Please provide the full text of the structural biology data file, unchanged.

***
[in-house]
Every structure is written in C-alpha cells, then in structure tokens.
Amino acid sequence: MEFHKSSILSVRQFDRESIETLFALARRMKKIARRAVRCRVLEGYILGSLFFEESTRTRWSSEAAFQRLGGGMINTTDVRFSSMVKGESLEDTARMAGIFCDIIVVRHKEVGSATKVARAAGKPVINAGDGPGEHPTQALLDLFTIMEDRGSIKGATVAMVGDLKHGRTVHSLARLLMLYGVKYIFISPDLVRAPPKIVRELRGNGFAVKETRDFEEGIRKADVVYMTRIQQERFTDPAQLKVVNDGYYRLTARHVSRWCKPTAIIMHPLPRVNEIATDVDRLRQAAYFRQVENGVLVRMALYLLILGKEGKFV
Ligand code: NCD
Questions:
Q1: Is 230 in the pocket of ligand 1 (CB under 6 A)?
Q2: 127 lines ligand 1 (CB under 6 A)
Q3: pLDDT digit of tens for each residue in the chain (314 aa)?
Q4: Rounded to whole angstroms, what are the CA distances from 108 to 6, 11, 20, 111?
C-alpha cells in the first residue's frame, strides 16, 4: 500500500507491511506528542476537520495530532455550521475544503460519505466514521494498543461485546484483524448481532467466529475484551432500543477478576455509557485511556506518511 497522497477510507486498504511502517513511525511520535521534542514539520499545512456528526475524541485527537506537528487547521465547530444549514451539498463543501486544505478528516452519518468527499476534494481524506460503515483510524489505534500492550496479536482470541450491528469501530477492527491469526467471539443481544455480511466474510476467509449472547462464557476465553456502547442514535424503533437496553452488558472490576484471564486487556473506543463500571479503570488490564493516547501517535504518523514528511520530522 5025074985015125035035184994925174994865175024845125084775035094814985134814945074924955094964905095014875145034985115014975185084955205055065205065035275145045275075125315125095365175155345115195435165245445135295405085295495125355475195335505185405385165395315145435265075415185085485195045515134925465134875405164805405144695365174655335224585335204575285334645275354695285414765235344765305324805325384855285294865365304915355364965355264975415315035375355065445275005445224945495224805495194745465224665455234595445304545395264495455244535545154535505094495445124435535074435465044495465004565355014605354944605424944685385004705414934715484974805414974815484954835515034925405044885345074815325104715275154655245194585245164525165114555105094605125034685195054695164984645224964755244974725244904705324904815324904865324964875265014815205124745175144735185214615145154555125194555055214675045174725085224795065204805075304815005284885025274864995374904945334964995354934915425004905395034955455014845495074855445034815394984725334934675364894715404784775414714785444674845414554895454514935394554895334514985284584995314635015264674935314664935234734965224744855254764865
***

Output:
[in-house]
Every structure is written in C-alpha cells, then in structure tokens.
Amino acid sequence: MEFHKSSILSVRQFDRESIETLFALARRMKKIARRAVRCRVLEGYILGSLFFEESTRTRWSSEAAFQRLGGGMINTTDVRFSSMVKGESLEDTARMAGIFCDIIVVRHKEVGSATKVARAAGKPVINAGDGPGEHPTQALLDLFTIMEDRGSIKGATVAMVGDLKHGRTVHSLARLLMLYGVKYIFISPDLVRAPPKIVRELRGNGFAVKETRDFEEGIRKADVVYMTRIQQERFTDPAQLKVVNDGYYRLTARHVSRWCKPTAIIMHPLPRVNEIATDVDRLRQAAYFRQVENGVLVRMALYLLILGKEGKFV
Ligand code: NCD
Questions:
Q1: Is 230 in the pocket of ligand 1 (CB under 6 A)?
Q2: 127 lines ligand 1 (CB under 6 A)
Q3: pLDDT digit of tens for each residue in the chain (314 aa)?
Q4: Rounded to whole angstroms, what are the CA distances from 108 to 6, 11, 20, 111?
C-alpha cells in the first residue's frame, strides 16, 4: 500500500507491511506528542476537520495530532455550521475544503460519505466514521494498543461485546484483524448481532467466529475484551432500543477478576455509557485511556506518511 497522497477510507486498504511502517513511525511520535521534542514539520499545512456528526475524541485527537506537528487547521465547530444549514451539498463543501486544505478528516452519518468527499476534494481524506460503515483510524489505534500492550496479536482470541450491528469501530477492527491469526467471539443481544455480511466474510476467509449472547462464557476465553456502547442514535424503533437496553452488558472490576484471564486487556473506543463500571479503570488490564493516547501517535504518523514528511520530522 5025074985015125035035184994925174994865175024845125084775035094814985134814945074924955094964905095014875145034985115014975185084955205055065205065035275145045275075125315125095365175155345115195435165245445135295405085295495125355475195335505185405385165395315145435265075415185085485195045515134925465134875405164805405144695365174655335224585335204575285334645275354695285414765235344765305324805325384855285294865365304915355364965355264975415315035375355065445275005445224945495224805495194745465224665455234595445304545395264495455244535545154535505094495445124435535074435465044495465004565355014605354944605424944685385004705414934715484974805414974815484954835515034925405044885345074815325104715275154655245194585245164525165114555105094605125034685195054695164984645224964755244974725244904705324904815324904865324964875265014815205124745175144735185214615145154555125194555055214675045174725085224795065204805075304815005284885025274864995374904945334964995354934915425004905395034955455014845495074855445034815394984725334934675364894715404784775414714785444674845414554895454514935394554895334514985284584995314635015264674935314664935234734965224744855254764865